First of all, the two men who were crucified on either side of Jesus were not common thieves. A thief is someone who secretly removes an item from your pocket without your knowledge or approval, or one who sneaks into your house while you’re away on vacation and steals your possessions. The crimes of the men executed with Jesus were much more sinister. They are generically referred to as “criminals” (kakourgōn) in Luke 23:39, but in Mark 15:27 they are more specifically identified as lēstai, i.e. “robbers” or “bandits.” In other words, they had used brute force to carry out their crimes and were therefore violent criminals. In fact, the same word is used to describe Barabbas (John 18:40), who had been arrested “with his fellow rebels; they had committed murder in the rebellion” (Mark 15:7 NKJV). Seeing that Jesus took the place of Barabbas, it is reasonable to suspect that the other two men who were crucified with him were Barabbas’ partners in crime.
While both convicted felons initially participated in the reviling of Jesus (Matthew 27:44), in the course of time one of them seems to have had a change of heart. He said to Jesus, “Lord, remember me when You come into Your kingdom” (Luke 23:42 NKJV). Now simply calling Jesus “Lord” is in itself insufficient (cf. Matthew 7:21; Luke 6:46), but the intriguing thing is that he knew about the Lord’s kingdom. We will consider this further below.
Jesus’ reply to the penitent criminal’s request was as follows: “Assuredly, I say to you, today you will be with Me in Paradise” (Luke 23:43). The record pretty much speaks for itself. Nevertheless, for some curious reason, this account has been completely removed from its context by certain religionists in an attempt to establish a precedent for salvation devoid of obedience, particularly baptism. The argument goes something like this: “The thief on the cross was saved without having been baptized, therefore baptism is not essential to salvation.”
An initial response is the simple fact that the scriptures clearly teach that baptism is a necessary step in the salvation process (see Acts 2:37-41; 22:16; Romans 6:3-5; 1 Peter 3:21; etc.), therefore any interpretation that suggests otherwise must be wrong. Furthermore, is it legitimate to confidently affirm that this man had never been baptized? From the biblical evidence what would be a more reasonable inference?
The man clearly had knowledge of the Lord’s kingdom (Luke 23:42), so how was this knowledge attained? In all four Gospel accounts, of all the words recorded that Jesus spoke from the cross, nothing is said about the kingdom. However, John the baptizer had preached, “Repent, for the kingdom of heaven is at hand!” (Matthew 3:2). In response, “Jerusalem, all Judea, and all the region around the Jordan went out to him and were baptized by him in the Jordan, confessing their sins” (vv. 5-6). Further, Jesus himself had preached, “Repent, for the kingdom of heaven is at hand” (Matthew 4:17). As He proclaimed “the gospel of the kingdom,” his influence reached as far north as Syria and as far south as Idumea, and great “multitudes followed Him – from Galilee, and from Decapolis, Jerusalem, Judea, and beyond the Jordon” (Matt. 4:23-25; cf. Mark 2:7-8). Not only did baptisms result from his preaching, but they exceeded the numbers of those baptized by John (John 3:22-26; 4:1-2). The Lord’s reach had extended even further by sending out multiplied dozens of his disciples throughout the regions of Galilee and Judea, propagating the same gospel message (Matthew 9:35–10:7; Luke 10:1-11).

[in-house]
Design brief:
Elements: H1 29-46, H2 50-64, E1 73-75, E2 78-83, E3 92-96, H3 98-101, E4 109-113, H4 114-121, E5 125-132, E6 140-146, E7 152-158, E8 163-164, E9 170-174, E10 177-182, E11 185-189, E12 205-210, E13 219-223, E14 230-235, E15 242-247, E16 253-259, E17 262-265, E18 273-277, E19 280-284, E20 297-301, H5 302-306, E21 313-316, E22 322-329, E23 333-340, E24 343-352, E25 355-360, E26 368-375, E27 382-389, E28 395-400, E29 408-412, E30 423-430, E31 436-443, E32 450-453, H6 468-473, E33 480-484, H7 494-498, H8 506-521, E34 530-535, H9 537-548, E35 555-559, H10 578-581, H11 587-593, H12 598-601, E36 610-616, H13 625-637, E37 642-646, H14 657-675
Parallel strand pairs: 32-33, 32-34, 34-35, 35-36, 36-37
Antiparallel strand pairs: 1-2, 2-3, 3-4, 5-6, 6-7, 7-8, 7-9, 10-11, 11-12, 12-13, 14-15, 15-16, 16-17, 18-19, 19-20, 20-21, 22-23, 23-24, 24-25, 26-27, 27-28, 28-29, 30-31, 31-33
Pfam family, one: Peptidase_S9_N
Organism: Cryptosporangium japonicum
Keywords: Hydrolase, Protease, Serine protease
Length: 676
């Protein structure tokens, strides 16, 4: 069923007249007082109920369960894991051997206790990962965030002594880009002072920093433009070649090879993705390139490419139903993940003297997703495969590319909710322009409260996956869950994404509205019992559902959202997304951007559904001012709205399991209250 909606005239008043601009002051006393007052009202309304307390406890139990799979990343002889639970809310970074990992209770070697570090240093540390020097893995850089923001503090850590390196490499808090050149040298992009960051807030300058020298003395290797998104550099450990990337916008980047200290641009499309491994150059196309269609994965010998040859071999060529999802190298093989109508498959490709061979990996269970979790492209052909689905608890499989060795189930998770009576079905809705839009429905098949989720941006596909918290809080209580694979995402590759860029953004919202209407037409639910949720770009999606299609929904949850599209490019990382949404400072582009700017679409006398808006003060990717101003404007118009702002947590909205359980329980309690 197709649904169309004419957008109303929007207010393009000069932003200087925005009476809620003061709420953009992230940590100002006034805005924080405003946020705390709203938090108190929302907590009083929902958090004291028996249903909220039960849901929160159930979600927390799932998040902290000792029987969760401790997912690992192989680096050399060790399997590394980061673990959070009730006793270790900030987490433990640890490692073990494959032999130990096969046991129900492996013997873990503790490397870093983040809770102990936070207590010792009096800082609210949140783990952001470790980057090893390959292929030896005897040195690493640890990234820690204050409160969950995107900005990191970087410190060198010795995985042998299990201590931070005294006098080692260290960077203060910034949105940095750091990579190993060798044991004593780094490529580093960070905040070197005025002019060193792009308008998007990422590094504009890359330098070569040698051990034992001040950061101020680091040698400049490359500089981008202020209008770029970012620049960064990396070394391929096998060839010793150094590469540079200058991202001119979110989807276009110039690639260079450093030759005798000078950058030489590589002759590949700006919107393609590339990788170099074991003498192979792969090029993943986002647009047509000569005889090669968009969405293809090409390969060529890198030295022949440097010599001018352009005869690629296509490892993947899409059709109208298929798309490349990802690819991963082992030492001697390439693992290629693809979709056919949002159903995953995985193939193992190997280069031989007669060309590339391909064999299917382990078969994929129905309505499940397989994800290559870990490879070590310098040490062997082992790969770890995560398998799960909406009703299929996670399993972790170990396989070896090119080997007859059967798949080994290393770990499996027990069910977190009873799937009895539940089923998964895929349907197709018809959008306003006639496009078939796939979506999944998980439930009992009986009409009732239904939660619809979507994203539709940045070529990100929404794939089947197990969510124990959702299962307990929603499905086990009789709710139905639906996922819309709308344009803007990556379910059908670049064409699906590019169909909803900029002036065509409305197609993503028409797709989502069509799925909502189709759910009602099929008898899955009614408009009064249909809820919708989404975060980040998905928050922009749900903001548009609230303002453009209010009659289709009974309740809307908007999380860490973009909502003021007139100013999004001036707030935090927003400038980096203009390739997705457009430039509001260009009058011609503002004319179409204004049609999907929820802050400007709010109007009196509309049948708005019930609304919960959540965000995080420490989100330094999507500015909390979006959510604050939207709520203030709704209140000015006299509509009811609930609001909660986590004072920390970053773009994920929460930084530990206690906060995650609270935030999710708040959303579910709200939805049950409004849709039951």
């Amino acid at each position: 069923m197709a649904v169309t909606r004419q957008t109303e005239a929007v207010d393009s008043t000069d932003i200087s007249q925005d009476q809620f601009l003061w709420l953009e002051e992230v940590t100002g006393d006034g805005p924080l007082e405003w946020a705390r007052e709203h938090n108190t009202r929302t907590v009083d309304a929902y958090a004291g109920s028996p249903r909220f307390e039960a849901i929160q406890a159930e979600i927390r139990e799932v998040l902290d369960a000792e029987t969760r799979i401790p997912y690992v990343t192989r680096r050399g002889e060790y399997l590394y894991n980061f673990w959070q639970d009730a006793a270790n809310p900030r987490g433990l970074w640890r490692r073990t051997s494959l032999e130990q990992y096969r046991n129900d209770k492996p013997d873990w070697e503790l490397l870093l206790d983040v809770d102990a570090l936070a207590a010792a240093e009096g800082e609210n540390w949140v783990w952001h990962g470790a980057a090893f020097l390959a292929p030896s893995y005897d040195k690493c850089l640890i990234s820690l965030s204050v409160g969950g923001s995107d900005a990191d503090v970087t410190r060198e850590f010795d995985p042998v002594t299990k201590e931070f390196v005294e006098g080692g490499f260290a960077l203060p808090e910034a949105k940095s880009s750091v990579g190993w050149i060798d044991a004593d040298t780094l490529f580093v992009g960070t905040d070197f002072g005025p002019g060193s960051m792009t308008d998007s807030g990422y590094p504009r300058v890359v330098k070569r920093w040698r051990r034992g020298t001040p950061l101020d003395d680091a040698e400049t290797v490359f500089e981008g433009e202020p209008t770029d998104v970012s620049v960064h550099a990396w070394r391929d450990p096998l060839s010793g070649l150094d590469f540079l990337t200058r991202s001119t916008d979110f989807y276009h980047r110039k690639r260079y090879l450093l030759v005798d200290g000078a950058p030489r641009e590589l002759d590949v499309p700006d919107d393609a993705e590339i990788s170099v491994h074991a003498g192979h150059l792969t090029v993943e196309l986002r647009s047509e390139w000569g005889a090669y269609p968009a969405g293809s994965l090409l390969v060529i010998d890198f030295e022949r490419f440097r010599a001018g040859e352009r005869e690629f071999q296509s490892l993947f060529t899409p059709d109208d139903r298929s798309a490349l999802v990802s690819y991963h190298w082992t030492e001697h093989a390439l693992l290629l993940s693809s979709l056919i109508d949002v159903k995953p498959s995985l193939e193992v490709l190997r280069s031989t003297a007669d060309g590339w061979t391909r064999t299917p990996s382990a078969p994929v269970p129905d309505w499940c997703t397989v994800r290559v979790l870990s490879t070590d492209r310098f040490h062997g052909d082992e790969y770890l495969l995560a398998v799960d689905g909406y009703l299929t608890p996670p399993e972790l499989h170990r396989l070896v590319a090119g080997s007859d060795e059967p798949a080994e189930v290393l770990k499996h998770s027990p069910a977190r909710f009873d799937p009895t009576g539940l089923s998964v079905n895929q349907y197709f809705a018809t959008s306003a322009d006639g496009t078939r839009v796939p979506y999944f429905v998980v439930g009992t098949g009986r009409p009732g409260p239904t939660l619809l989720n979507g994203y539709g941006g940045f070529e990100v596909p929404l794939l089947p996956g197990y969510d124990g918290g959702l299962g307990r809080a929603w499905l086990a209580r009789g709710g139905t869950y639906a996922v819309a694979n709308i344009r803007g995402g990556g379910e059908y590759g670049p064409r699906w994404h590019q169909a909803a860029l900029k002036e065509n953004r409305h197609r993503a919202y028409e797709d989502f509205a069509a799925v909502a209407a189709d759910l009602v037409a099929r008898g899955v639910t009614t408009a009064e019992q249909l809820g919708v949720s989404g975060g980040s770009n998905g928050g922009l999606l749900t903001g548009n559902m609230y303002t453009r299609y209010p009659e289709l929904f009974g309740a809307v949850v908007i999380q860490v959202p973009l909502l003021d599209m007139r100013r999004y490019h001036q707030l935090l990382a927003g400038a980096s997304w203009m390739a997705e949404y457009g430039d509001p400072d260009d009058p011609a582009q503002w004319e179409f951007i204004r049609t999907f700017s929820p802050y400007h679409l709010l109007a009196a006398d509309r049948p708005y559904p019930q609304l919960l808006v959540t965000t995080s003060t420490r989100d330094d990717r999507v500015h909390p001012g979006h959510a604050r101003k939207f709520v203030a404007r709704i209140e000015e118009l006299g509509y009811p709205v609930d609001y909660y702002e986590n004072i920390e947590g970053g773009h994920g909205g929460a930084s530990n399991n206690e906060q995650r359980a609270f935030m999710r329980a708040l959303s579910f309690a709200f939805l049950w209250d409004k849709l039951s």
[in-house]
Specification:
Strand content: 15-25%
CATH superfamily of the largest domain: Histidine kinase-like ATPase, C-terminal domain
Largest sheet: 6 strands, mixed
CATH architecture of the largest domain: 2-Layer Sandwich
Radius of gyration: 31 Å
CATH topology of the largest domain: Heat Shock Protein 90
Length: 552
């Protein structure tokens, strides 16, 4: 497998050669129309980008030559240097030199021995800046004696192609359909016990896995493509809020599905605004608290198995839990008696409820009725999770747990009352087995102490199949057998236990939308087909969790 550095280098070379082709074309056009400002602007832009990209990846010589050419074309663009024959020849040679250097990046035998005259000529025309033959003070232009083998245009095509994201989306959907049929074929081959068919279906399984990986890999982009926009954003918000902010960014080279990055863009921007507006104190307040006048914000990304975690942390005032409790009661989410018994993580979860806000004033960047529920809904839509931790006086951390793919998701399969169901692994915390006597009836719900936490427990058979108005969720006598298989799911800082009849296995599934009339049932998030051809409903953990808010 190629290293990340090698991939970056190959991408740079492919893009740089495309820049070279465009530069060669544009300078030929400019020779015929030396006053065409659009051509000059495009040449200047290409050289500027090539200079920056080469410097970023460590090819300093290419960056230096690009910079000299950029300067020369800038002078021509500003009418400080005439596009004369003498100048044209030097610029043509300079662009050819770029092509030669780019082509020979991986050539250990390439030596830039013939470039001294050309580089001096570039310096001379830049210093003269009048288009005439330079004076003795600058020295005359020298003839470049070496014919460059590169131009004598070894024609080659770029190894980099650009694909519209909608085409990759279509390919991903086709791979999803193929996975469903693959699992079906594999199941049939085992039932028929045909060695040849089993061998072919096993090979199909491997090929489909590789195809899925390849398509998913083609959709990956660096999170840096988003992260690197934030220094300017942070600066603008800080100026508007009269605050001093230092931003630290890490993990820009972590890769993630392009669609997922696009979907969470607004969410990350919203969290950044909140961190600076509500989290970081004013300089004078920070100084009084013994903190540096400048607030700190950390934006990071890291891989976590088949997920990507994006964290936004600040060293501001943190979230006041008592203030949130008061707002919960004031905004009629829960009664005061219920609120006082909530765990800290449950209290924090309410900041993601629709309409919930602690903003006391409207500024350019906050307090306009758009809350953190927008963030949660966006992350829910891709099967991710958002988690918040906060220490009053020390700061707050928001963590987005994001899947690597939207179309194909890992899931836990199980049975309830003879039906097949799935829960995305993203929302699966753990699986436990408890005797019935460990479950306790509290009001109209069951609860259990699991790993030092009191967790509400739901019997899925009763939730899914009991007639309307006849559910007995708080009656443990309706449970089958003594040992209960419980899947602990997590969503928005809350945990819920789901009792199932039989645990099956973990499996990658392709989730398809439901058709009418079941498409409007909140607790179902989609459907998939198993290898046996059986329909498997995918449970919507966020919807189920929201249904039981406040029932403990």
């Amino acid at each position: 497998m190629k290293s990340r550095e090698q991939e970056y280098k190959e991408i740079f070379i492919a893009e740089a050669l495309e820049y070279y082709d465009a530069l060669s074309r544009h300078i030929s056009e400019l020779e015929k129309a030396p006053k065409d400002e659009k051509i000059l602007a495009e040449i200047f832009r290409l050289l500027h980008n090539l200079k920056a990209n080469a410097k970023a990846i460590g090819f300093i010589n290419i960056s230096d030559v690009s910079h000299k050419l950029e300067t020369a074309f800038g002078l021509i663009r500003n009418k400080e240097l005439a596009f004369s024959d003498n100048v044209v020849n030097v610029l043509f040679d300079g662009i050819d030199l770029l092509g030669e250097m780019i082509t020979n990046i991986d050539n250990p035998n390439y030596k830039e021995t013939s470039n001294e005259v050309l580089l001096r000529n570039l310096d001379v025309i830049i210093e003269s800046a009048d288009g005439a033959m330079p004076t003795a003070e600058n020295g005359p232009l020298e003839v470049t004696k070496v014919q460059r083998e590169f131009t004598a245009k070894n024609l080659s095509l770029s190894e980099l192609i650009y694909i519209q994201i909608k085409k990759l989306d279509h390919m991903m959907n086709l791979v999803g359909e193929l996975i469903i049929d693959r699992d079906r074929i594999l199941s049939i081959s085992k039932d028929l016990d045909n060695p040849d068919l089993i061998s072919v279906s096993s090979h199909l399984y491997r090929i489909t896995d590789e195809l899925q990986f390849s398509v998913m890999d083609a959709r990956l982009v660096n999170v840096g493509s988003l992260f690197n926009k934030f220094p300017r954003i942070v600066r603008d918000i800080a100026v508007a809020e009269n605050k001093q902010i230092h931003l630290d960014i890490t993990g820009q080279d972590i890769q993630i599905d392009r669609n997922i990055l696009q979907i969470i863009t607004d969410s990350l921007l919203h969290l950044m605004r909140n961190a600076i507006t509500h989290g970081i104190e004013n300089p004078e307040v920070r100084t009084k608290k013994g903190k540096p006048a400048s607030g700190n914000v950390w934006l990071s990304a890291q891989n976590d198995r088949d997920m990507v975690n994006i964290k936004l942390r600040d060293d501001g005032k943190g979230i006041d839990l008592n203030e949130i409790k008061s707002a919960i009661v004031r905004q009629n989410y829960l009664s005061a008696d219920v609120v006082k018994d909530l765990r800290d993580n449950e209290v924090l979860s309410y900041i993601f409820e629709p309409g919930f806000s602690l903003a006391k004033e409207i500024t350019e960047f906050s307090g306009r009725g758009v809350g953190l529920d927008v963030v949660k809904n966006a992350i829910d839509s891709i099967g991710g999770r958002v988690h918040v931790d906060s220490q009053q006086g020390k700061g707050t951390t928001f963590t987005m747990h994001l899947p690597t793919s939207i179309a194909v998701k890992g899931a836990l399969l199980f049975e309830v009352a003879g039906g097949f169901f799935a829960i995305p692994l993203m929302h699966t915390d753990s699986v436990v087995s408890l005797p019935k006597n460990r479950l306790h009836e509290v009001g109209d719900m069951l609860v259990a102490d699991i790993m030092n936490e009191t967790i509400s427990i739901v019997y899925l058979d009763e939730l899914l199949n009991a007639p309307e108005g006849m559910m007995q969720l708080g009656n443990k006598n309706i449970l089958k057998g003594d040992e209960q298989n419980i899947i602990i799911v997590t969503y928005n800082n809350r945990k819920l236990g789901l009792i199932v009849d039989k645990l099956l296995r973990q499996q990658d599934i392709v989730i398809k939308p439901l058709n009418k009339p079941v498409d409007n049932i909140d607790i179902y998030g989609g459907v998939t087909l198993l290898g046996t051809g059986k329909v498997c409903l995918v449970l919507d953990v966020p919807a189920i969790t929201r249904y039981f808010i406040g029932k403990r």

Considering the evidence, can anyone say with full assurance that the man under consideration was definitely never baptized? An alleged precedent is not a genuine precedent when it is unprovable and even questionable. Admittedly no one can say for sure either way, even though it is certainly within the realm of plausibility that he was baptized. Notwithstanding deceptive claims to the contrary, at the end of the day it really doesn’t matter, especially when we consider this final point.
Baptism is an integral part of the Christian system, which was not inaugurated prior to the Lord’s death and resurrection (Matthew 28:18-20; cf. Romans 6:3-5). The baptisms before the cross were preparatory for the approaching kingdom (Matthew 3:1-6; John 3:1–4:2) but not an established component of the preceding Mosaic system. In fact, Christ’s death on the cross was the transitional point between the old and the new (Colossians 2:14; Hebrews 9:15-17). Since Jesus had the power on earth to forgive sins (Mark 2:10), and the crucified robber was living under the old covenant system of the Jews, and the Lord’s eventual death covered the sins of those living prior to the new covenant (Hebrews 9:15), the account in Luke 23:39-43 is readily explicable and easily harmonizes with the rest of scripture. Any other interpretation creates unresolvable problems.
Seeing that no one on earth today is in the physical presence of Jesus or is living at a time when the new covenant teachings were not in force, the so-called “thief on the cross” argument is irrelevant. There are numerous examples of conversions recorded in the book of Acts (inclusive of baptism) that set the precedent. When anything different is asserted by professed Bible-believers, it sure gives the impression of grasping at straws in order to justify a preconceived idea. “And He said to them, ‘Go into all the world and preach the gospel to every creature. He who believes and is baptized will be saved; but he who does not believe will be condemned’” (Mark 16:15-16).
--Kevin L. Moore
Related Posts: Barabbas, Are You Sure the Thief on the Cross Wasn't Baptized?, Baptism of John, Hypothetical Faith
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